On January 1, 2002 I will be in the old part of Jerusalem, in the lovely land of Israel. This is just one of quite a few ways in which this will be a verily New year for me.

Since I’m going to be graduating from college in a matter of days, a couple of weeks if you really want to be specific (but how quickly those weeks go by), and don’t really have any job prospects lined up, I have decided to do something special. I will be going to study at a yeshiva in Jerusalem, specifically Ohr Somayach. A yeshiva, incidentally, according to a dictionary I found online, is defined as “an Orthodox Jewish school of higher instruction in Jewish learning.” It also mentions something about people going on to become rabbis, but I can assure you here that this is not my intention or reason for going. You see, for me this is something that I feel I should have started doing a long time ago, when I was growing up. There isn’t any point right now to start blaming people for why it is that I never went to a serious place of religious learning growing up, or a yeshiva high school, because I have taken the initiative now and am seeking the education myself. One of the better known Rabbis historically, Rabbi Hillel, is attributed with having said "If not now, when?" A good question, indeed.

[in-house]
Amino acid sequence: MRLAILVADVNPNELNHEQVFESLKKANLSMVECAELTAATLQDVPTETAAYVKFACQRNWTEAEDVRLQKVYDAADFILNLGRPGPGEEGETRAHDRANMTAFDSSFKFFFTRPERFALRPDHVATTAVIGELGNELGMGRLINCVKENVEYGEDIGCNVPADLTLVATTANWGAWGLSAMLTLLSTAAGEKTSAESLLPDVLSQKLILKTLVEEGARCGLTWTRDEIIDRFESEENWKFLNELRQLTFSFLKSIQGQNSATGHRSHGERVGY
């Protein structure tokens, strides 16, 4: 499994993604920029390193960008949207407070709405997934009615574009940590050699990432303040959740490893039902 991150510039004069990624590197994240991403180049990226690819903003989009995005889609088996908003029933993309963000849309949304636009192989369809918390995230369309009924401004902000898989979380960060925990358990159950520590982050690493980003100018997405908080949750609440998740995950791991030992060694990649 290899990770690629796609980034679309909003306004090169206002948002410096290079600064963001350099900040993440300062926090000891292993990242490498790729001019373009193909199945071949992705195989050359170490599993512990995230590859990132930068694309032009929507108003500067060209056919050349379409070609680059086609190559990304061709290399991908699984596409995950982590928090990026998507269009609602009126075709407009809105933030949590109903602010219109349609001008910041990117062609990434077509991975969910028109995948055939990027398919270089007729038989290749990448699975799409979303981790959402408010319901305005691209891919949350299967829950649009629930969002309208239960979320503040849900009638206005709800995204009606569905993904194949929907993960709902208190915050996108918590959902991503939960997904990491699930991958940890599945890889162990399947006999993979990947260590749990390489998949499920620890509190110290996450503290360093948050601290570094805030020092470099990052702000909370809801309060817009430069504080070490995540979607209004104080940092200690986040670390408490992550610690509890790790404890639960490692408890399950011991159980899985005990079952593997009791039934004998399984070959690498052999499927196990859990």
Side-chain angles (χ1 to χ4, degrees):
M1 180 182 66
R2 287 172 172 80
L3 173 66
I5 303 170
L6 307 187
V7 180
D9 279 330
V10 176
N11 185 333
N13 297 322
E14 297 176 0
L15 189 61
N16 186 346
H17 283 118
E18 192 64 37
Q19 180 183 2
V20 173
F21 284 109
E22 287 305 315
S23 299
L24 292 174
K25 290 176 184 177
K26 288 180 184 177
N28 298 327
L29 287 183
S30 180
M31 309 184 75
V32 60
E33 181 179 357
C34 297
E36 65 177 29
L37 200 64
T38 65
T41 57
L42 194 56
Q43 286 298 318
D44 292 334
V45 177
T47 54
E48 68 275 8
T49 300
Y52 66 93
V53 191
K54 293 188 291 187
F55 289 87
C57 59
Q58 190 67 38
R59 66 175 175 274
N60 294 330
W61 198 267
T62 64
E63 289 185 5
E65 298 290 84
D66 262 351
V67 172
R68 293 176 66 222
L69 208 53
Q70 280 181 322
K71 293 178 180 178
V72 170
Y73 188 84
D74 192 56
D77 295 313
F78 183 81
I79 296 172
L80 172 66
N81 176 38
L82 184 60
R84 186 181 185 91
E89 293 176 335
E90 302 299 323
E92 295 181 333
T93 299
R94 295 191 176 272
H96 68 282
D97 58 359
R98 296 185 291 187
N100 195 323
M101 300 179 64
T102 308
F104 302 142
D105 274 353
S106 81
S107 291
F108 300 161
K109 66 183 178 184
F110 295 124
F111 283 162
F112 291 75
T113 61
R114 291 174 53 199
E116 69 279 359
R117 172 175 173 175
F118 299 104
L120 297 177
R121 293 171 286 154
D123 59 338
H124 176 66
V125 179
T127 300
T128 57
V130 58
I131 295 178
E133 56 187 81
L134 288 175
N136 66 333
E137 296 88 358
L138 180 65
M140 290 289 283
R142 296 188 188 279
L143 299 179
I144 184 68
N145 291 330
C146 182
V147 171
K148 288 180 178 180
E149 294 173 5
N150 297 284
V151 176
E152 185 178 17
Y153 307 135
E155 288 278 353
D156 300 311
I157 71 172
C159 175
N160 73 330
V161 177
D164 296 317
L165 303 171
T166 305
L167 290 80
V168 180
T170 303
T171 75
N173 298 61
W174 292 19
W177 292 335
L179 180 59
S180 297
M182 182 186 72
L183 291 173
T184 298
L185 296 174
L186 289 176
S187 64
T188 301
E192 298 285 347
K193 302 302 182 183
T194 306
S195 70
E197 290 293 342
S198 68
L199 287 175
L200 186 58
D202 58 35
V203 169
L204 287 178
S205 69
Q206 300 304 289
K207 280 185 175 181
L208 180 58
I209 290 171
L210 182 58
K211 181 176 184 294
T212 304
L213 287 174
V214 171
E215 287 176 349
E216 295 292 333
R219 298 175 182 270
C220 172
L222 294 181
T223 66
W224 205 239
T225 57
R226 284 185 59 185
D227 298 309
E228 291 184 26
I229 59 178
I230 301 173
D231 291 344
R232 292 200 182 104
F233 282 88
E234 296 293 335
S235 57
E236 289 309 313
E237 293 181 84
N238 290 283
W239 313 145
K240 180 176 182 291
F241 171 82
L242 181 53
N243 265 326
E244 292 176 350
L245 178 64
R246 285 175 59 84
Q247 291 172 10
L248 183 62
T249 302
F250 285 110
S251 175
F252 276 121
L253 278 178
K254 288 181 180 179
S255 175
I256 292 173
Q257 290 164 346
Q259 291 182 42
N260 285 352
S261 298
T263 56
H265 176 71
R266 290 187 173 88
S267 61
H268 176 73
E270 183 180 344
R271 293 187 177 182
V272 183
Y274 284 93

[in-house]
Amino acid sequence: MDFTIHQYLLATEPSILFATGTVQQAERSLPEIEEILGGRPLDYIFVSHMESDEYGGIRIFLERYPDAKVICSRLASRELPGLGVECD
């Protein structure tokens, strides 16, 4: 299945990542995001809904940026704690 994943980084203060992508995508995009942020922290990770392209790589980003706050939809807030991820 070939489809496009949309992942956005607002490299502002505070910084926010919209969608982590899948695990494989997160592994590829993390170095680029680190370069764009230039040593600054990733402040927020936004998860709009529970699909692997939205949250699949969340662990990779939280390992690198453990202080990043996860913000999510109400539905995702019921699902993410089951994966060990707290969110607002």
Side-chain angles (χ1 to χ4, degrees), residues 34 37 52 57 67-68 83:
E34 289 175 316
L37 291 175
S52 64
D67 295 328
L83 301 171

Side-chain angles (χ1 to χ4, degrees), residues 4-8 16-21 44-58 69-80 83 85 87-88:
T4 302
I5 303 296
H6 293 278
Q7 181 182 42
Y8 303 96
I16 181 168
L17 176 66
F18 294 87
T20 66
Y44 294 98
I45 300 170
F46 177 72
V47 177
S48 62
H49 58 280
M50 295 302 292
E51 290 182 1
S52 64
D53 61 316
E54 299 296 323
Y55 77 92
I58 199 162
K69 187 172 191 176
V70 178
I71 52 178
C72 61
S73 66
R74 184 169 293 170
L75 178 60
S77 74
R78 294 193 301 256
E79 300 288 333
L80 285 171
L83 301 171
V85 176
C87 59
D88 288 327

Isn’t that a bit… dangerous?
Yes, it is a little dangerous to be going to Israel at this point in time. However, I do believe that the place I am going, the older part of Jerusalem, is considerably safer than other areas of Israel at this moment. Also, I am a strong believer that we are put on this earth for a purpose, and that it is the creator who decides when we are to be leaving this green earth, not people. I believe that said creator takes care of us, cares deeply about us (in much the same way that a mother would love her children), and that it is quite important that I go to study Judaism. On top of that, I’m going to be taking every precaution I can to keep safe.

Besides being the first new year in which I am going to be not in my country of birth, this will be the first new year wherein I am no longer bound to continue going to any school of higher learning. After being at Rutgers University since the fall of 1996, I am thankfully graduating with a degree in communication. It’s funny to me that now that I am finished with one sort of higher learning I am turning to the holy land for an entirely different sort of "higher learning" – one which some argue is fundamentally more important in life than a degree in communication could ever be. Communication, after all, covers but one aspect of life. Studying Torah and Talmud, believe it or not, covers just about all of them. It’s something to look into if you’re at all interested, I strongly suggest it. There are many online resources which cover it, such as 613.org (613 is the number of mitzvahs the Jewish people are to follow) and shiur.net which has a lot of informative lectures recorded in mp3 format.